When you come to Phoenix, there are certain words that are tough to pronounce. If you say these correctly, everyone will surely think you're a native Arizonan.
Time Required: Too much
- Tempe - a city in the east valley and home to Arizona State University. Pronounced: tem-pee
- Mesa - a city in the East Valley that has a large Mormon population. Pronounced: may-suh
- Ajo - a small city in southern Arizona. Pronounced: ah-ho
- Nogales - there are two cities by this name, one on each side of the Arizona/Mexico border. Pronounced: no-gal-iss
- Canyon de Chelly - in northern Arizona, a beautiful natural landmark. Pronounced: can-yen duh shay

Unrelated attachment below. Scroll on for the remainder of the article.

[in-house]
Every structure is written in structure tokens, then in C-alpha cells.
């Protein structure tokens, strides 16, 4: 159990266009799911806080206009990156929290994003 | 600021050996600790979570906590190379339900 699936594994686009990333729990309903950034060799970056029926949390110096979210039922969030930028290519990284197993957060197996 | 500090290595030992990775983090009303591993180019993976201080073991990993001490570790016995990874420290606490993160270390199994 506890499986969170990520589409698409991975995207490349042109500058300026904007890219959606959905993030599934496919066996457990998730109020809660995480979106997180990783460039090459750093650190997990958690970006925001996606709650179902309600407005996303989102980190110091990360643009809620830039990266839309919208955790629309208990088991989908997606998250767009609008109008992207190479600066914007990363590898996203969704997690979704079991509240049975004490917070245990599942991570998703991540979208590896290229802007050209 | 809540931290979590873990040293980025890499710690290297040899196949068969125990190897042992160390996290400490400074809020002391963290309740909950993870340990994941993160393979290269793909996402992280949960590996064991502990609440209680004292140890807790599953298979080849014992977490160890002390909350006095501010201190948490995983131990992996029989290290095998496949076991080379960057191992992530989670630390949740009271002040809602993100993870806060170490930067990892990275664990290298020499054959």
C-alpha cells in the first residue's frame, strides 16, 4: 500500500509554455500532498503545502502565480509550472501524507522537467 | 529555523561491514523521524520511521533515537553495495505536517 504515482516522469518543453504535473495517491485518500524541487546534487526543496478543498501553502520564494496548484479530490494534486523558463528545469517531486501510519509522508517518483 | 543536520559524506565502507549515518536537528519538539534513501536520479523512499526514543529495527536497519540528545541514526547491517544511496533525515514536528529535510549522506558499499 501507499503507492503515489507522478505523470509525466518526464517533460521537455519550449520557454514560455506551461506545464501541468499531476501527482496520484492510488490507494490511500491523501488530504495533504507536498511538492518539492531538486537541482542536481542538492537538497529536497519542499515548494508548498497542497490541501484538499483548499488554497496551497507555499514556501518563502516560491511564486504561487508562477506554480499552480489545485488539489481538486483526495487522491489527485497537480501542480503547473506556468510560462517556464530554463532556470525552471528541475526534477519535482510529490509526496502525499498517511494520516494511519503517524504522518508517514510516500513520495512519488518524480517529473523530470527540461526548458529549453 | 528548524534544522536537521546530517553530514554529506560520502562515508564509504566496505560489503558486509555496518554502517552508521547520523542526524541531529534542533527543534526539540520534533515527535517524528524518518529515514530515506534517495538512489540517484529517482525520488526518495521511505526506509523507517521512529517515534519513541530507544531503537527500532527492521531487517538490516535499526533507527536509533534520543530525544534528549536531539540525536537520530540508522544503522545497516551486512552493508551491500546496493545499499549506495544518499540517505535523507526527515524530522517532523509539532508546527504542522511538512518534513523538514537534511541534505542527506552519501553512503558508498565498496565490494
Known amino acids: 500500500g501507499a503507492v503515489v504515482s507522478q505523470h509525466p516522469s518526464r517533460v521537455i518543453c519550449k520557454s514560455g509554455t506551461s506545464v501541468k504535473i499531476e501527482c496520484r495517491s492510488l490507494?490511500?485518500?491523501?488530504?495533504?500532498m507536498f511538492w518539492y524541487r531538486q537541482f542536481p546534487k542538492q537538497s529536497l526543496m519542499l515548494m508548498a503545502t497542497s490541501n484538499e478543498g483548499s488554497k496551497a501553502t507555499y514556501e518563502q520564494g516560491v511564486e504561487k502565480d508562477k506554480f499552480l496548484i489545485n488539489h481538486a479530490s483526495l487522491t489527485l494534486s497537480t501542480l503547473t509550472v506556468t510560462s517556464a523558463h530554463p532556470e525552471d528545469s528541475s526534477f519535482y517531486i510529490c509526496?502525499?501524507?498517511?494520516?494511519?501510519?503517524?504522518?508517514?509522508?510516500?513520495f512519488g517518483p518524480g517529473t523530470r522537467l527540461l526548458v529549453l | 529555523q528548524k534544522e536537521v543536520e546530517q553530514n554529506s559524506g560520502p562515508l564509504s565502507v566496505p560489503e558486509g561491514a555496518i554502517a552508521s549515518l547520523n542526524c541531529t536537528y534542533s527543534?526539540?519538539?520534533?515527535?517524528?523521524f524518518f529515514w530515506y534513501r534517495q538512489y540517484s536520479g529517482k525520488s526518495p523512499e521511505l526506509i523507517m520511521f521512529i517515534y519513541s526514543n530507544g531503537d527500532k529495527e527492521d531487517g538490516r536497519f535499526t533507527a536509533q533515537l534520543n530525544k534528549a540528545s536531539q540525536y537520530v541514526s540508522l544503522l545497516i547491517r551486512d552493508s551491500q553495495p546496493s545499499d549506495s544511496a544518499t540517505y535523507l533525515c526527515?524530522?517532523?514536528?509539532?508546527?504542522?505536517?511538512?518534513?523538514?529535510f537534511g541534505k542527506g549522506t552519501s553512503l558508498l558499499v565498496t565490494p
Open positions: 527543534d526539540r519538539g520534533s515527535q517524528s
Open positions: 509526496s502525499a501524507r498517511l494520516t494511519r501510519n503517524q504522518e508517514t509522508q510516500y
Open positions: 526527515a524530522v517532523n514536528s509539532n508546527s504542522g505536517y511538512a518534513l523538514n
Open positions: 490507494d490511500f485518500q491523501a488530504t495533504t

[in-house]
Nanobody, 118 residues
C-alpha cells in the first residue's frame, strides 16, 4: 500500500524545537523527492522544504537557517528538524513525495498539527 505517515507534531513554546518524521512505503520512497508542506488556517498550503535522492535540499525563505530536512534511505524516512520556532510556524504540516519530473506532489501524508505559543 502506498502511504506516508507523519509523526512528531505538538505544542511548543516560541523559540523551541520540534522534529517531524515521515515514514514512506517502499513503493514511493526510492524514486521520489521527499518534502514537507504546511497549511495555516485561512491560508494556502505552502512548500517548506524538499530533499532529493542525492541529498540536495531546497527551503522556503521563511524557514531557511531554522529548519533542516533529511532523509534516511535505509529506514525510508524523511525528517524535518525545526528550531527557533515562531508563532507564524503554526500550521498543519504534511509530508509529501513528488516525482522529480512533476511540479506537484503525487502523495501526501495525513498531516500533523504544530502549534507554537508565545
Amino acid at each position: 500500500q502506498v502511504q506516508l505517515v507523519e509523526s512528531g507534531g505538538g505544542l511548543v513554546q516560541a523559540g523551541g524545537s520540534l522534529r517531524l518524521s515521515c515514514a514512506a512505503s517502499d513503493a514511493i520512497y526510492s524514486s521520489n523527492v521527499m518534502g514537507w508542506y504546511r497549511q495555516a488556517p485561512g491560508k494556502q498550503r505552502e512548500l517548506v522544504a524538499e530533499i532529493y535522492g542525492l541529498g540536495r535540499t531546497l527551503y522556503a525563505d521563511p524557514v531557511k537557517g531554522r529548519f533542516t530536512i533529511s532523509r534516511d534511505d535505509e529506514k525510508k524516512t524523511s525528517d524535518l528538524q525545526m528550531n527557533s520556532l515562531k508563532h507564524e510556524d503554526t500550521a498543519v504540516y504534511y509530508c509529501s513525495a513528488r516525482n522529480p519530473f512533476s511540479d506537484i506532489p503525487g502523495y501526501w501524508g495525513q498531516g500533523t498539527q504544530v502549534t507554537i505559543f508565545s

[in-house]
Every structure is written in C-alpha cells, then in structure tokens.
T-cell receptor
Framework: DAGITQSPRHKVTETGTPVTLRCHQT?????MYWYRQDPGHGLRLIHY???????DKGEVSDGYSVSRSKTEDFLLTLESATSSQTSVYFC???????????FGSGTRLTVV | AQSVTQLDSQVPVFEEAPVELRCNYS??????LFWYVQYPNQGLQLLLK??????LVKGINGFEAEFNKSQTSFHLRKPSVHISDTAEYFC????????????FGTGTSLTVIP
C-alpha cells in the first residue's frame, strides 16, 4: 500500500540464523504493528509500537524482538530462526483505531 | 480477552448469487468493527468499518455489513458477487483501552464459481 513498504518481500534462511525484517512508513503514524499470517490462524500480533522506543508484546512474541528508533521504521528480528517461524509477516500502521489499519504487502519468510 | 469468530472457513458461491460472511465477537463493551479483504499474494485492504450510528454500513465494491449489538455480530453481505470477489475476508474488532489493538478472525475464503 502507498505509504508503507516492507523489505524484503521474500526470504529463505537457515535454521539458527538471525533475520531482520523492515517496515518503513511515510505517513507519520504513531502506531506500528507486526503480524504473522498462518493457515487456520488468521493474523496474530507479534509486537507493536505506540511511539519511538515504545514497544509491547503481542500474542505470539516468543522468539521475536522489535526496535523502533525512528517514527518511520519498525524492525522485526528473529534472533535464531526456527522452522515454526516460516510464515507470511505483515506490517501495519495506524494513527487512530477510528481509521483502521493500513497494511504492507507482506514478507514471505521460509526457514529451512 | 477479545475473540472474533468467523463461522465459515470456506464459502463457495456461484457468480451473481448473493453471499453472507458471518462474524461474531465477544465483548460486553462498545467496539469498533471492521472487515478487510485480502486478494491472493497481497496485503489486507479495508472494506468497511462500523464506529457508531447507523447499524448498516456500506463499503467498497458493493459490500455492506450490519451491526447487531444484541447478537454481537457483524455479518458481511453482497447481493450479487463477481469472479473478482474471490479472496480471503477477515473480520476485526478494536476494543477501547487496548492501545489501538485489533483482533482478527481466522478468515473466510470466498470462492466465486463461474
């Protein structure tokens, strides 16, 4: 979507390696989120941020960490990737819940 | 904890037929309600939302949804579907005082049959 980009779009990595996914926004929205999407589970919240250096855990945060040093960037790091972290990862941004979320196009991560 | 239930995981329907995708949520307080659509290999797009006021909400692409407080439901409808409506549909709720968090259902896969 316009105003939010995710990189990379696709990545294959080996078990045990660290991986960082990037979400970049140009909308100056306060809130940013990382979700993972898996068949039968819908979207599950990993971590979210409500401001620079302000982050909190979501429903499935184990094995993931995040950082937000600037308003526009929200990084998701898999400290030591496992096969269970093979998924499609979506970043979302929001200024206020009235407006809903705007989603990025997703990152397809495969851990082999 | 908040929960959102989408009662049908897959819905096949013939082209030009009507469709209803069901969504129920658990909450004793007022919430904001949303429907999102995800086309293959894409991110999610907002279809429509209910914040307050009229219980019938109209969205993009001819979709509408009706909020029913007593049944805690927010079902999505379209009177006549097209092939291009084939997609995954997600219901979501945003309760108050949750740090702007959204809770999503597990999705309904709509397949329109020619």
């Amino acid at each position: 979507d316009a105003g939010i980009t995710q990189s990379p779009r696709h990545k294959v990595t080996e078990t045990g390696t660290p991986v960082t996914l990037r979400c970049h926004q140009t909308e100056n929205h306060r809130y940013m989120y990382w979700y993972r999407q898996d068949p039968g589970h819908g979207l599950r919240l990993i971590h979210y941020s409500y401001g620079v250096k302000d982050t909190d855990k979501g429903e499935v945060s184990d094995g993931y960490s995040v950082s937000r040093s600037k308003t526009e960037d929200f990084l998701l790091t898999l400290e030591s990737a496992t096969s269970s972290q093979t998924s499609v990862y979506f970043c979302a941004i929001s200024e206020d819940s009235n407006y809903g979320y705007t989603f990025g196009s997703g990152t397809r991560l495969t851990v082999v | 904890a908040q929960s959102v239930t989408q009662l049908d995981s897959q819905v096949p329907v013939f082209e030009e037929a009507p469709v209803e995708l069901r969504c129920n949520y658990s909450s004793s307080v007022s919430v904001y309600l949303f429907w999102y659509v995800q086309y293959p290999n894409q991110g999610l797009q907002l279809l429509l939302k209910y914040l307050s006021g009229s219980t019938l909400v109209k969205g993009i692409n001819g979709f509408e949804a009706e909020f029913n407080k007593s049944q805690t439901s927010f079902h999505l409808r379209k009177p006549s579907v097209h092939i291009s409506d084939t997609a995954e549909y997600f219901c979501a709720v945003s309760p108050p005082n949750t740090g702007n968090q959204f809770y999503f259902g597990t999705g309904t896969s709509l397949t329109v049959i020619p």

- Mogollon Rim - the northern Arizona, marks the southern border of the Colorado Plateau. Pronounced: mug-ee-yun
- Gila River - southeast of Phoenix area, popular for rafting. Pronounced: hee-luh
- Hohokam Expressway - also known as S.R. 143, a north south road originating at the airport. Pronounced: ho-ho-kam
- Ahwatukee - a middle to upper middle class community in southern Phoenix. Pronounced: ah-wuh-too-kee
- Tlaquepaque - a wonderful collection of shops in Sedona. Pronounced: tuh-la-kuh-pah-kee
- Estrella - a community and airpark west of Phoenix. Pronounced: es-tray-uh
- Casa Grande - a city between Phoenix and Tucson. Pronounced: kah-suh grand
- If the words have Spanish influence, as many do in Arizona, a "J" or a "G" is usually pronounced like an "H". An "LL" is usually pronounced like a "Y".
- There are exceptions to tip #1. For instance, when renting a villa, use the hard "LL" sound (or if you aren't sure just ask for large adjoining rooms.)